For human rights lawyer Faisal Bhabha who teaches at Toronto’s Osgoode Hall law school, there is evidence that such social media algorithms can mean some perspectives just don’t get as much attention. He refers to a much-quoted case of Palestinian supermodel Bella Hadid who found that comments about Palestine did not go to all of her many social media followers.

Musk has said he will increase freedom of speech on Twitter, but Bhabha said the term freedom is complex and can mean different things to different people, with the recent Freedom Convoy a perfect example of those varied definitions.

The meaning of freedom

“I don’t know what Elon Musk means by freedom, but if he means no control whatsoever over content, I think most experts think that’s unrealistic,” said Bhabha. 

Just this week, anti-hate groups suggested that social media platforms, including Twitter, need more — not less — supervision and control.

Musk has said he wants to run Twitter efficiently and not manipulate it. 

That may be the case, but one has to ask why it is that so many of the rich and powerful buy control of media outlets, said Dwayne Winseck, a Carleton University professor conducting research on Canadian media concentration. 

Are they in it for the money — or the influence? he asked.

“When you have owner-controlled companies, you don’t know,” Winseck said. “And so it makes it a very real prospect that this is all about political influence and not about business pursuits.”

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Lord Beaverbrook, the Canadian businessman Max Aitken, spread his influence through the Daily Express, which he turned into the world’s most-read newspaper. (The Beaverbrook Foundation)

Winseck said he’s worried about the growing power of what he calls “billionaire frat boys” spreading the kind of libertarian message that makes them richer and more powerful.

“When you get people like Musk or [Facebook investor] Peter Thiel, these rich billionaires who are all in for freedom but very critical of the extent to which democracy can constrain their own freedoms, I think we’ve got a problem.”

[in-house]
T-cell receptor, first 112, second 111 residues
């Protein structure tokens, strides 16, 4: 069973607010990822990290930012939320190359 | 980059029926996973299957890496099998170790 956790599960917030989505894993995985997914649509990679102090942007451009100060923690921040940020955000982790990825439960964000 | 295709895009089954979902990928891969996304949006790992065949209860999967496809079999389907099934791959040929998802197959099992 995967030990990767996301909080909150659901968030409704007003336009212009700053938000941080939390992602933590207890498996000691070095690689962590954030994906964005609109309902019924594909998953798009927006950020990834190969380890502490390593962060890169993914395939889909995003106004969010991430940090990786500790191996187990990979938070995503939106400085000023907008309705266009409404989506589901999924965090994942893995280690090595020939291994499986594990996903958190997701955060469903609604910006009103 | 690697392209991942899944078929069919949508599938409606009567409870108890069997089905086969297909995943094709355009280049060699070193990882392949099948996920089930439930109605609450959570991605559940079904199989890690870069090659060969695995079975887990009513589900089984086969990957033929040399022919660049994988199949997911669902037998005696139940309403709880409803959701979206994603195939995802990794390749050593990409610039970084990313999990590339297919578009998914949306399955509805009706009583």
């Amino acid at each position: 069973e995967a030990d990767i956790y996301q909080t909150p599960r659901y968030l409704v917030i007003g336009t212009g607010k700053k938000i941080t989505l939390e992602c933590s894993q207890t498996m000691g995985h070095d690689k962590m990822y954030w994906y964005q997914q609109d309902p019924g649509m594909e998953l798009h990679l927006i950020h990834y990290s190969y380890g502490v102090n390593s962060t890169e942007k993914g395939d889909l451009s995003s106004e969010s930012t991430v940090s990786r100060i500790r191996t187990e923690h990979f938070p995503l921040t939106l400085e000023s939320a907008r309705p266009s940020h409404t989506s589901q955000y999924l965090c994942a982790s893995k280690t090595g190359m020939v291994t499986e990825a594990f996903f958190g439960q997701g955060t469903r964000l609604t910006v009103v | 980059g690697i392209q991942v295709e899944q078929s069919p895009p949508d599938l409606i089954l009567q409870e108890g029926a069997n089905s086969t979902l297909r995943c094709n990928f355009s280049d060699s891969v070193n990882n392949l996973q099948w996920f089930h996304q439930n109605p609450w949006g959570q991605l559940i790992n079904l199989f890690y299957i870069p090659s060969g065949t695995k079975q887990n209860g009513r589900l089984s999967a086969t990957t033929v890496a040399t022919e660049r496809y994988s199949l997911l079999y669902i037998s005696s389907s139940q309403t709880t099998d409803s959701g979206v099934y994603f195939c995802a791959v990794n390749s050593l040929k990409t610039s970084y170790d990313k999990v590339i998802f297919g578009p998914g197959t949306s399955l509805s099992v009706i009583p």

While such subtle influences are hard to put your finger on, one complaint about Musk’s purchase of Twitter is that he will turn the platform into a forum for even stronger views. 

Carmen Celestini, who spends a lot of time reading outrageous tweets as part of a Simon Fraser University research project about the rise of Canadian conspiracy theories on social media — including QAnon — said there are already plenty of strong views there.

Not quitting Twitter

“If we put this into context, disinformation, extremism, exists on Twitter as it stands right now,” said Celestini, who monitors many different viewpoints using her various Twitter accounts. (She said she has no intention of abandoning Twitter.)

Celestini said that by celebrating his own version of freedom, she thinks Musk will appeal to a rising international wave of nationalism and populism in what online critics of Twitter have described as a hotbed of left-wing perspectives.

Of course, because of the algorithm, people often see what they want to see. Celestini said that as Musk encourages “cleavages between left and right,” there is no reason to think the billionaire will lose money.

“The focus on Musk owning Twitter is missing the key issue,” said Turk, who noted that the business model behind social media is about gathering information from users so paying advertisers know exactly who they are talking to.

“They are able to extract that information from the rest of us by keeping our eyes on their site,” said Turk. “They know what attracts public attention is controversy, hyperbole, outrage — not complexity, contemplation or nuance.”

Even as governments try to tame the worst excesses of social media with rules and regulations, Tuk said that audience-grabbing strategy is one that stretches back to the days of H.L. Mencken.

Follow Don on Twitter @don_pittis